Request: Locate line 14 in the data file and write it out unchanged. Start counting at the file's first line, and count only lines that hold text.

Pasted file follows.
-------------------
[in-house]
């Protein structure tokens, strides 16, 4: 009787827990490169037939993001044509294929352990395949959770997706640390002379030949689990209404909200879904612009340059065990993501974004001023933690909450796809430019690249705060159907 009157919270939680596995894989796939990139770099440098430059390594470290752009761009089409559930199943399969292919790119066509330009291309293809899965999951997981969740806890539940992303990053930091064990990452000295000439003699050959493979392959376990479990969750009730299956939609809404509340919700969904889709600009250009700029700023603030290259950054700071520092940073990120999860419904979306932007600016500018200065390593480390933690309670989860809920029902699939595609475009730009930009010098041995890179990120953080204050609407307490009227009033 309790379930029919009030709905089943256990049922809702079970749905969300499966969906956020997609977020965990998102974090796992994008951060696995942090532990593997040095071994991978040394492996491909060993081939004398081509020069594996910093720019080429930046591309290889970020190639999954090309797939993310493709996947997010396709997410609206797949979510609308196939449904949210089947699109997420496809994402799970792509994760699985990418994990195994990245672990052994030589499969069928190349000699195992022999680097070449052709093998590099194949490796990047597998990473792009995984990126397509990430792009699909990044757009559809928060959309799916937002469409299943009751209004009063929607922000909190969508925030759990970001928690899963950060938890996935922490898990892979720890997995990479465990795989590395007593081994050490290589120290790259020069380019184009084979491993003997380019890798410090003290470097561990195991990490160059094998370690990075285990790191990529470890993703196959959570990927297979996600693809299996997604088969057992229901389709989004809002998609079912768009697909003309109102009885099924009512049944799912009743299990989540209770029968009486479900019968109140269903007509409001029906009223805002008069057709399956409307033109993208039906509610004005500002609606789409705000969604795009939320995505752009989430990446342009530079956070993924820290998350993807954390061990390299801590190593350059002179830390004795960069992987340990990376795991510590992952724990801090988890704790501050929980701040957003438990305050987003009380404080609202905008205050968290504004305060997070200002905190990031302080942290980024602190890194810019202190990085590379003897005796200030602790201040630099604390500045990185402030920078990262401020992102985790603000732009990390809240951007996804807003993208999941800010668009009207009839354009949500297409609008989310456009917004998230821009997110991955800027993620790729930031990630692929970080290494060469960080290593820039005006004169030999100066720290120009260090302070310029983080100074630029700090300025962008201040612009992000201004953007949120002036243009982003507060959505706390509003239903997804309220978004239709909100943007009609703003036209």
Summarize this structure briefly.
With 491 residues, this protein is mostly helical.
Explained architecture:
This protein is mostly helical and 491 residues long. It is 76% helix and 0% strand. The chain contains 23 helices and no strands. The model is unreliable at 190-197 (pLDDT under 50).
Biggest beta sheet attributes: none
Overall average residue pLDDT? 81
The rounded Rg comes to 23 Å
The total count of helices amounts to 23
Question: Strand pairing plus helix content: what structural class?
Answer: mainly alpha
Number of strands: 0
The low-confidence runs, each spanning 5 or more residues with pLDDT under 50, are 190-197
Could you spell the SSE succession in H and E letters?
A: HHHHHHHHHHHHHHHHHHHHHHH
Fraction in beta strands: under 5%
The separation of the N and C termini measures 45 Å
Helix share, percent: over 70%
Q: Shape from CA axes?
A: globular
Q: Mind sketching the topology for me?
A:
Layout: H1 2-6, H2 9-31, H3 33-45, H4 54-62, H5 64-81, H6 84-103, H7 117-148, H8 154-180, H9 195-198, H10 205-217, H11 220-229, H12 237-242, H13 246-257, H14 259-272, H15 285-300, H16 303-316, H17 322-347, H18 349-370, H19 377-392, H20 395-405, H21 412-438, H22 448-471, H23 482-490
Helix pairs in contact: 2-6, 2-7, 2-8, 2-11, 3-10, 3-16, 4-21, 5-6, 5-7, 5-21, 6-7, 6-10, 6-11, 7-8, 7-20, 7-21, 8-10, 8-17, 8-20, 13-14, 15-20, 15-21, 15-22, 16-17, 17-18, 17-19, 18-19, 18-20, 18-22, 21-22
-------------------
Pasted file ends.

The low-confidence runs, each spanning 5 or more residues with pLDDT under 50, are 190-197